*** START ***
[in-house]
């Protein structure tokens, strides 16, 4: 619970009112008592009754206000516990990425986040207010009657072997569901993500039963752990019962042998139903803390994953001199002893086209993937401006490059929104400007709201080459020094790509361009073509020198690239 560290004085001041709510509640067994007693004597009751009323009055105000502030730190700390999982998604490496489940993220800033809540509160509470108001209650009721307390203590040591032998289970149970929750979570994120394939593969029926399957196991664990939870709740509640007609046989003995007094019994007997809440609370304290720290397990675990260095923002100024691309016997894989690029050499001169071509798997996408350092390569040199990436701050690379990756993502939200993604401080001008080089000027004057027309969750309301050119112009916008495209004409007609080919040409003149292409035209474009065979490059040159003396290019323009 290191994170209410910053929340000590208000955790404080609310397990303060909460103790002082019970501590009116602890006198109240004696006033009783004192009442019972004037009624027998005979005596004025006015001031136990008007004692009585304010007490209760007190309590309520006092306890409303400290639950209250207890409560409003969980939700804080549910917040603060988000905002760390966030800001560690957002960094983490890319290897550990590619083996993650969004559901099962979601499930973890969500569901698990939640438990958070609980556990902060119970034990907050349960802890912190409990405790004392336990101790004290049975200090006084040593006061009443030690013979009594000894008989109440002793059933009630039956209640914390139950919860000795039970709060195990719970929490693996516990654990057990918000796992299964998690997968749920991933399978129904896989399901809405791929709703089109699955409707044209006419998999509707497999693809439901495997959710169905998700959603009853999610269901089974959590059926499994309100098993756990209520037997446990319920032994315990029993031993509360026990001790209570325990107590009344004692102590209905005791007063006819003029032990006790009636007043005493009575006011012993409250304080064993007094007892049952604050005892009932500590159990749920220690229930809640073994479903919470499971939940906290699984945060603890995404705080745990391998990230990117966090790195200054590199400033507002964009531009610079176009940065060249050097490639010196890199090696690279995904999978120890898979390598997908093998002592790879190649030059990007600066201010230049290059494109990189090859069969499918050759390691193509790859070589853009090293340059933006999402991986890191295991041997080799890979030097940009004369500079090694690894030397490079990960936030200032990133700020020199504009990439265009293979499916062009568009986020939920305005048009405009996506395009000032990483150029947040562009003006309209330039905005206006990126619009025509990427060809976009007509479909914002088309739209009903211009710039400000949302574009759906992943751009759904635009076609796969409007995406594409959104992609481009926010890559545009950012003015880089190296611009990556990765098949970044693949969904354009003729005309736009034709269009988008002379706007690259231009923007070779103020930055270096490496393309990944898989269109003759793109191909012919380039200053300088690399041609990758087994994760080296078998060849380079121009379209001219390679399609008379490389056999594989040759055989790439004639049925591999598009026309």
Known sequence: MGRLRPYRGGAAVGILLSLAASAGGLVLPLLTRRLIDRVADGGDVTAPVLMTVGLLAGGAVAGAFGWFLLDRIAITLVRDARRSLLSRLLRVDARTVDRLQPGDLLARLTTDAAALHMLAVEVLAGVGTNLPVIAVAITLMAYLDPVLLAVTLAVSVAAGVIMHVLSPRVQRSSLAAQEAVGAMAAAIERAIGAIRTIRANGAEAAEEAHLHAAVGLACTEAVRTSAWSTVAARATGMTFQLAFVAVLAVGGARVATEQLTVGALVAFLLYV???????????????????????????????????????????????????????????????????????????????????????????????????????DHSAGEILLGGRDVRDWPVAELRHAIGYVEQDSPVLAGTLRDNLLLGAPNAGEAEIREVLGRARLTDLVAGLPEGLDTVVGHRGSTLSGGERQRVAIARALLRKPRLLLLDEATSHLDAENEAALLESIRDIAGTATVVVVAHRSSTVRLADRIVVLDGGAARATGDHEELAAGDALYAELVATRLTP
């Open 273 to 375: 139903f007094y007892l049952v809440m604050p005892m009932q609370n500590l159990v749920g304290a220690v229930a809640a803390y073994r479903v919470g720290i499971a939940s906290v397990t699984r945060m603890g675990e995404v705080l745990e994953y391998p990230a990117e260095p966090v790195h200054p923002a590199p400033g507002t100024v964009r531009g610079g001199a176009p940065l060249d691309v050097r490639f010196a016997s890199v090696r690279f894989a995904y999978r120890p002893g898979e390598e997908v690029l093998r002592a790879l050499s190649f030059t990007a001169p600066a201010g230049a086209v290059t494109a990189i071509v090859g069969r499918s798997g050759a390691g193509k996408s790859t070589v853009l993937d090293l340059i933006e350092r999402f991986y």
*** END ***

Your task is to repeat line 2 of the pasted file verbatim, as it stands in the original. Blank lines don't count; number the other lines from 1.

């Protein structure tokens, strides 16, 4: 619970009112008592009754206000516990990425986040207010009657072997569901993500039963752990019962042998139903803390994953001199002893086209993937401006490059929104400007709201080459020094790509361009073509020198690239 560290004085001041709510509640067994007693004597009751009323009055105000502030730190700390999982998604490496489940993220800033809540509160509470108001209650009721307390203590040591032998289970149970929750979570994120394939593969029926399957196991664990939870709740509640007609046989003995007094019994007997809440609370304290720290397990675990260095923002100024691309016997894989690029050499001169071509798997996408350092390569040199990436701050690379990756993502939200993604401080001008080089000027004057027309969750309301050119112009916008495209004409007609080919040409003149292409035209474009065979490059040159003396290019323009 290191994170209410910053929340000590208000955790404080609310397990303060909460103790002082019970501590009116602890006198109240004696006033009783004192009442019972004037009624027998005979005596004025006015001031136990008007004692009585304010007490209760007190309590309520006092306890409303400290639950209250207890409560409003969980939700804080549910917040603060988000905002760390966030800001560690957002960094983490890319290897550990590619083996993650969004559901099962979601499930973890969500569901698990939640438990958070609980556990902060119970034990907050349960802890912190409990405790004392336990101790004290049975200090006084040593006061009443030690013979009594000894008989109440002793059933009630039956209640914390139950919860000795039970709060195990719970929490693996516990654990057990918000796992299964998690997968749920991933399978129904896989399901809405791929709703089109699955409707044209006419998999509707497999693809439901495997959710169905998700959603009853999610269901089974959590059926499994309100098993756990209520037997446990319920032994315990029993031993509360026990001790209570325990107590009344004692102590209905005791007063006819003029032990006790009636007043005493009575006011012993409250304080064993007094007892049952604050005892009932500590159990749920220690229930809640073994479903919470499971939940906290699984945060603890995404705080745990391998990230990117966090790195200054590199400033507002964009531009610079176009940065060249050097490639010196890199090696690279995904999978120890898979390598997908093998002592790879190649030059990007600066201010230049290059494109990189090859069969499918050759390691193509790859070589853009090293340059933006999402991986890191295991041997080799890979030097940009004369500079090694690894030397490079990960936030200032990133700020020199504009990439265009293979499916062009568009986020939920305005048009405009996506395009000032990483150029947040562009003006309209330039905005206006990126619009025509990427060809976009007509479909914002088309739209009903211009710039400000949302574009759906992943751009759904635009076609796969409007995406594409959104992609481009926010890559545009950012003015880089190296611009990556990765098949970044693949969904354009003729005309736009034709269009988008002379706007690259231009923007070779103020930055270096490496393309990944898989269109003759793109191909012919380039200053300088690399041609990758087994994760080296078998060849380079121009379209001219390679399609008379490389056999594989040759055989790439004639049925591999598009026309």